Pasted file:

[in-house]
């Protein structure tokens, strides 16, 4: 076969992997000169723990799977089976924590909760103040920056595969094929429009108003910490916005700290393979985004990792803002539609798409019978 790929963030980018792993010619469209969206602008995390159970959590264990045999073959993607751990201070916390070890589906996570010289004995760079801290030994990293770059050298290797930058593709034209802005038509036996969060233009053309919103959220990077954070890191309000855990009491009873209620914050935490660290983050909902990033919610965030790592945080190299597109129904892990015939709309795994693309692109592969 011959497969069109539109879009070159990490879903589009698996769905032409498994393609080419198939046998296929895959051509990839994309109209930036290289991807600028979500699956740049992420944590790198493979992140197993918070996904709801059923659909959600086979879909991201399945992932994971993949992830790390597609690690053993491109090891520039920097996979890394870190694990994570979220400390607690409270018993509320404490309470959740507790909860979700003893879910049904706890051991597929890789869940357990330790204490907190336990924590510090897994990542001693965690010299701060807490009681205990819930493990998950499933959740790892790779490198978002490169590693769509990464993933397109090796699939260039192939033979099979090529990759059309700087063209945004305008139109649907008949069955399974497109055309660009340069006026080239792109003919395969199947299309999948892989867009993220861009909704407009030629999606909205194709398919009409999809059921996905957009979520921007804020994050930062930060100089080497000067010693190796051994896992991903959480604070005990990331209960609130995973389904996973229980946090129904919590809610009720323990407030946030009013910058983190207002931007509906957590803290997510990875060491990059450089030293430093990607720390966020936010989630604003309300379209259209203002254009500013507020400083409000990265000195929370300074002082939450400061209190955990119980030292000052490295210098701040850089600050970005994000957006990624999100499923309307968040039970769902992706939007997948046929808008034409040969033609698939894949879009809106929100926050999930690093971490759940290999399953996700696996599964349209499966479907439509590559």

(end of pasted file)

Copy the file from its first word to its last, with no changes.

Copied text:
[in-house]
């Protein structure tokens, strides 16, 4: 076969992997000169723990799977089976924590909760103040920056595969094929429009108003910490916005700290393979985004990792803002539609798409019978 790929963030980018792993010619469209969206602008995390159970959590264990045999073959993607751990201070916390070890589906996570010289004995760079801290030994990293770059050298290797930058593709034209802005038509036996969060233009053309919103959220990077954070890191309000855990009491009873209620914050935490660290983050909902990033919610965030790592945080190299597109129904892990015939709309795994693309692109592969 011959497969069109539109879009070159990490879903589009698996769905032409498994393609080419198939046998296929895959051509990839994309109209930036290289991807600028979500699956740049992420944590790198493979992140197993918070996904709801059923659909959600086979879909991201399945992932994971993949992830790390597609690690053993491109090891520039920097996979890394870190694990994570979220400390607690409270018993509320404490309470959740507790909860979700003893879910049904706890051991597929890789869940357990330790204490907190336990924590510090897994990542001693965690010299701060807490009681205990819930493990998950499933959740790892790779490198978002490169590693769509990464993933397109090796699939260039192939033979099979090529990759059309700087063209945004305008139109649907008949069955399974497109055309660009340069006026080239792109003919395969199947299309999948892989867009993220861009909704407009030629999606909205194709398919009409999809059921996905957009979520921007804020994050930062930060100089080497000067010693190796051994896992991903959480604070005990990331209960609130995973389904996973229980946090129904919590809610009720323990407030946030009013910058983190207002931007509906957590803290997510990875060491990059450089030293430093990607720390966020936010989630604003309300379209259209203002254009500013507020400083409000990265000195929370300074002082939450400061209190955990119980030292000052490295210098701040850089600050970005994000957006990624999100499923309307968040039970769902992706939007997948046929808008034409040969033609698939894949879009809106929100926050999930690093971490759940290999399953996700696996599964349209499966479907439509590559």